In the Properties panel, click the Master dropdown menu and you’ll see a range of options from across the color spectrum. Since I want to adjust the grass and trees, I’ll select Greens from the list.
You’ll see an immediate change in the color range bars at the bottom of the Properties panel. Grey markers have been added indicating the color range that is being edited, and you can click and drag these to adjust the affected colors as necessary.
With Greens selected instead of Master, moving the Hue slider adjusts the greens of the field and trees – but you can quickly see that the adjustment isn’t quite perfect, and I’ve had to apply an extreme Hue adjustment to get even close to the change that I want.
Some of the foliage that appeared green-toned in the unedited image hasn’t been affected, because the default selected color range in the Green section isn’t quite wide enough. Even though it looks green overall in the original, there’s quite a bit of yellow tone to the grass and foliage.
A quick manual adjustment of the color range markers will fix this! Once the color range sliders are expanded in the Properties panel to include more of the yellow hues, the grass and foliage adjustment looks much more natural.
There’s no limit to the size of the custom color range you can create, but if you make them overlap each other too much, you’ll find yourself getting confused very quickly.
The amount of yellow in the original green grass surprised me, demonstrating that it’s not always easy to isolate the specific range that you want to edit using just your intuition.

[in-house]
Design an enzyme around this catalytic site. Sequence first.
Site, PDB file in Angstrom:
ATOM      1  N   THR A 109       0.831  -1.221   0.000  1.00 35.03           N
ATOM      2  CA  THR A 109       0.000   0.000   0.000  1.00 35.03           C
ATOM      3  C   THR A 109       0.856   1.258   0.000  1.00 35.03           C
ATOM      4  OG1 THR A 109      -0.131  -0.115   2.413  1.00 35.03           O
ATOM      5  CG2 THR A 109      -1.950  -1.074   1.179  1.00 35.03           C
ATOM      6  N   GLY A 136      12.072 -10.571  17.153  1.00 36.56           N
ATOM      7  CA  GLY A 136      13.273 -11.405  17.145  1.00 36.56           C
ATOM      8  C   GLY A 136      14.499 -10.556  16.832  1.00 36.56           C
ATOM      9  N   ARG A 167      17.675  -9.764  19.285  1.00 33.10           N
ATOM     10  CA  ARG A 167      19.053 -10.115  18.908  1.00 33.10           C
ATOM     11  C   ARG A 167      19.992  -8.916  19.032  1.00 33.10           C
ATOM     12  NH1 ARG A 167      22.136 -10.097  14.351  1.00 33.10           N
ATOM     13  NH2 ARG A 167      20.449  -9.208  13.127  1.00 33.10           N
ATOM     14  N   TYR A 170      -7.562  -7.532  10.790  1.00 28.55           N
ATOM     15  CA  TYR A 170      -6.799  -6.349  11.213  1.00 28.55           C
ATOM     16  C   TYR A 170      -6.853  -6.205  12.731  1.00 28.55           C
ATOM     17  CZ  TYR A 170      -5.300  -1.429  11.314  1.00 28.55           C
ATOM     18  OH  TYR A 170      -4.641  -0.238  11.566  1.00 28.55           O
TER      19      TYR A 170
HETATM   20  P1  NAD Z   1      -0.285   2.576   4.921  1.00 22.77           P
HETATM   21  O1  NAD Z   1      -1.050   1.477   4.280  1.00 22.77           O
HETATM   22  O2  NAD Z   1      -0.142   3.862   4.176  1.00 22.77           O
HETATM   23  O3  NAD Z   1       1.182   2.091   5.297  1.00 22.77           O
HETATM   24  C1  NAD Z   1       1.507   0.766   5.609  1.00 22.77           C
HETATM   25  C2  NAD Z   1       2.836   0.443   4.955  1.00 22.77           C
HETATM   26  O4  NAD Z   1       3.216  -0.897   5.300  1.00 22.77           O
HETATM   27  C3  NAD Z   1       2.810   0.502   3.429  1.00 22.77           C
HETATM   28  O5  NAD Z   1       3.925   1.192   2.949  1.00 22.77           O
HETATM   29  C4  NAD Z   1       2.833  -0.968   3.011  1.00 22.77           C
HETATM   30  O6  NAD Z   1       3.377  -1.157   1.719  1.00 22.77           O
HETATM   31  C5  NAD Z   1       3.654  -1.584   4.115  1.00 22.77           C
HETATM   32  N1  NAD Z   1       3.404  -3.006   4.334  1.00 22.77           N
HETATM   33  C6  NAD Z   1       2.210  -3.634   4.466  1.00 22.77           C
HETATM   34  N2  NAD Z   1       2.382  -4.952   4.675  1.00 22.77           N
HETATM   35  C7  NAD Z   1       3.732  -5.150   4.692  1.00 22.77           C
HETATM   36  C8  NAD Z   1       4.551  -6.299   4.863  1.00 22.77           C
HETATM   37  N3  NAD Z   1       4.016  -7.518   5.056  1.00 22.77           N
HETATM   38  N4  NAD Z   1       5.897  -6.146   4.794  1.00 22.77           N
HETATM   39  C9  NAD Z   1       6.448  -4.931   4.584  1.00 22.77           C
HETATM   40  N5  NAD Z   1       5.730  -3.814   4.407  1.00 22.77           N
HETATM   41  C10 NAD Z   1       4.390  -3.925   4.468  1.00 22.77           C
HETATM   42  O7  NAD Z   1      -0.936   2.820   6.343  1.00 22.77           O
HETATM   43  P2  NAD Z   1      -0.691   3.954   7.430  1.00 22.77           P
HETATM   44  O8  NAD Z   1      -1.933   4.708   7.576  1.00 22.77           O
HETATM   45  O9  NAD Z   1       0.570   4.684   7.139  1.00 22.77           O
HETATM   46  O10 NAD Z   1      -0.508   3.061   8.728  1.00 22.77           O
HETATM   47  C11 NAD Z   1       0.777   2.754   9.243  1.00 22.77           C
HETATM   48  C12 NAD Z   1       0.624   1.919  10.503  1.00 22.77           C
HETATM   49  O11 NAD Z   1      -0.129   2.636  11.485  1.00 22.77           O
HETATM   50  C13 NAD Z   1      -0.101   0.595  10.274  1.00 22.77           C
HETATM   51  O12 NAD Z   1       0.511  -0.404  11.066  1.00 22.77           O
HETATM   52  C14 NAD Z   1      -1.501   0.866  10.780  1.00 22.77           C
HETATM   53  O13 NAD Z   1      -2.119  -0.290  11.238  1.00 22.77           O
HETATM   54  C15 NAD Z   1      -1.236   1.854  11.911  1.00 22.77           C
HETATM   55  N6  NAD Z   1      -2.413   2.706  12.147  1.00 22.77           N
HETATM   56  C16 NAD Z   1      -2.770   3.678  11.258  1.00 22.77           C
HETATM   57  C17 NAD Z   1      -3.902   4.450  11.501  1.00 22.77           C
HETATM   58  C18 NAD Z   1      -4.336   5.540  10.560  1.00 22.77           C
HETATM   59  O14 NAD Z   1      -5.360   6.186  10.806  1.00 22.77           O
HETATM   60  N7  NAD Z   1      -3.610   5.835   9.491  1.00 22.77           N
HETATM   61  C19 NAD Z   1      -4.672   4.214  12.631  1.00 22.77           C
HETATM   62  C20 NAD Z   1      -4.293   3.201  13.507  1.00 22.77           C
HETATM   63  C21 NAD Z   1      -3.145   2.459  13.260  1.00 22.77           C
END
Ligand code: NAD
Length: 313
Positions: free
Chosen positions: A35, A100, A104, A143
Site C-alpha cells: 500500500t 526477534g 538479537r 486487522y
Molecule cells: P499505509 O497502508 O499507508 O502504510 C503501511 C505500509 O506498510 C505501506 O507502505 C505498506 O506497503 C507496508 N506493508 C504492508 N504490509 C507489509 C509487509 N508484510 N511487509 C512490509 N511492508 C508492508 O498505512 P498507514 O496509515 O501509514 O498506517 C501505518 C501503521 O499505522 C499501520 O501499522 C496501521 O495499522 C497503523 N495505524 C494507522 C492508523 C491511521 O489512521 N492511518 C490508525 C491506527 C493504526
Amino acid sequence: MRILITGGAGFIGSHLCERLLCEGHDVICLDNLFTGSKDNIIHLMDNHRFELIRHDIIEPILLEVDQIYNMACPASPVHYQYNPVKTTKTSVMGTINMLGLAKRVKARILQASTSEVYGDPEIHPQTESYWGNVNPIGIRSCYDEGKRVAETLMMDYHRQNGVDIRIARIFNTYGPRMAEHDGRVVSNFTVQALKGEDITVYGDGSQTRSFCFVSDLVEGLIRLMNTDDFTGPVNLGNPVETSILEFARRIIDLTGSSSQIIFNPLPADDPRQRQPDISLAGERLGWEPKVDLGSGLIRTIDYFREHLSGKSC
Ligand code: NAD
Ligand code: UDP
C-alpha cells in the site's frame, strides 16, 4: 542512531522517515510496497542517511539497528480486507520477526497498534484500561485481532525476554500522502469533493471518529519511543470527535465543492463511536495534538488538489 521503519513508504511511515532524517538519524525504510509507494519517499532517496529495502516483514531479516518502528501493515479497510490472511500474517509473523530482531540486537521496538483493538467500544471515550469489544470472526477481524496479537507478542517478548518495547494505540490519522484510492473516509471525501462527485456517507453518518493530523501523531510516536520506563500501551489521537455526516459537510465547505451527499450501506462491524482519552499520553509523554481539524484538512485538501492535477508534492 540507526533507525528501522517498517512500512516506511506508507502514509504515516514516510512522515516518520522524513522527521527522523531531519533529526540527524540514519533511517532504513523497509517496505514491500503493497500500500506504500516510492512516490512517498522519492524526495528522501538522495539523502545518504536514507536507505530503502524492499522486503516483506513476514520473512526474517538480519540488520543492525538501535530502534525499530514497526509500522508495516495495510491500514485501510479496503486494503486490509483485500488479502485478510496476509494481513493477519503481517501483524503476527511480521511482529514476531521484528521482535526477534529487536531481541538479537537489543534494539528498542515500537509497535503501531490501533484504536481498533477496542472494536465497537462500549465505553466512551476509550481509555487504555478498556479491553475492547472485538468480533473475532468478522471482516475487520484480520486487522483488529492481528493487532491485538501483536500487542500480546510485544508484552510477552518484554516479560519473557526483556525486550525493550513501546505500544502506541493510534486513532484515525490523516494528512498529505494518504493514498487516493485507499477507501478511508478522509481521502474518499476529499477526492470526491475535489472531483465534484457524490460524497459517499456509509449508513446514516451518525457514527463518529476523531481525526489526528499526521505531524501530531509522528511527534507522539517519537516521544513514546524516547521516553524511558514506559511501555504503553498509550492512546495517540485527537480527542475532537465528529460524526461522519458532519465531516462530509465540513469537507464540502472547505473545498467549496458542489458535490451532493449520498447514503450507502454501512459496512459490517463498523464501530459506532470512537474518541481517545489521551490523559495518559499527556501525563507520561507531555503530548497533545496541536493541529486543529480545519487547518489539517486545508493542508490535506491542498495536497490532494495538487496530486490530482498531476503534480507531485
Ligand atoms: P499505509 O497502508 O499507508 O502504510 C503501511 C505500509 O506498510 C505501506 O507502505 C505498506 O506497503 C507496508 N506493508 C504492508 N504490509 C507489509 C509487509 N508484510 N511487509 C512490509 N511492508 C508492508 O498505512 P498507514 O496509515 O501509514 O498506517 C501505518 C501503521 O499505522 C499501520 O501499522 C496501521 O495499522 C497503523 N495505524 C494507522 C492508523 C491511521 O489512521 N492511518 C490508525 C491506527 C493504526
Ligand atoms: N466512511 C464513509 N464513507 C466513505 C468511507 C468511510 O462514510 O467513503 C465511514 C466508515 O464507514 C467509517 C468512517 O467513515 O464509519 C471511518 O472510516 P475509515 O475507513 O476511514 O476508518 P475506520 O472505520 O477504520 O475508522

Fortunately, the Properties panel has a couple of helpful tools that can simplify the process: the eyedroppers!
Instead of struggling to select the correct color ranges manually, click the eyedropper icon in the bottom left of the Properties panel, and then click directly on the image element you want to adjust.
Photoshop will automatically adjust the color range you’re editing to include your selected color. You can also expand or contract this color range using the eyedropper plus and minus icons to add and subtract additional color points from your image.
Precision Hue Changes With Layer Masks
When you want to get really precise with your hue adjustments, you’ll often find that adjusting specific color ranges still isn’t getting the job done. That’s when your trusty adjustment layer mask enters the picture!
Layer masks on Hue/Saturation adjustment layers work just the same as other layer masks in Photoshop, except instead of controlling pixel visibility, they control the visibility of your Hue/Saturation adjustments.
White pixels on the layer mask show the adjustment at 100% opacity, black pixels completely hide the adjustment, and greyscale tones allow for all the values in between, allowing for gentle gradients and smooth transitions.
If you want to use your layer mask to control your Hue adjustment, click the layer mask thumbnail in the Layers panel. The Properties panel will update to show the Layer Mask properties instead of the Hue/Saturation adjustment settings. Click the Invert button to set your mask to all black, hiding the effect.
Next, switch to your Brush tool using the keyboard shortcut B. Set your foreground color to white, and then paint with white over the areas where you want your hue change to be visible.
If you’d rather not use the Brush tool, you can also use any selection tool you want and then simply fill your selection with white to achieve the same effect.
A Final Word
Congratulations, you now know how to change hues in Photoshop! As with all things in Photoshop, there are several different ways that you can achieve similar results, but the Hue/Saturation adjustment layer is the best method for most situations.
Do you have a different method for changing hues in Photoshop that you think is better? Let me know in the comments below and I’ll try it out!About Thomas Boldt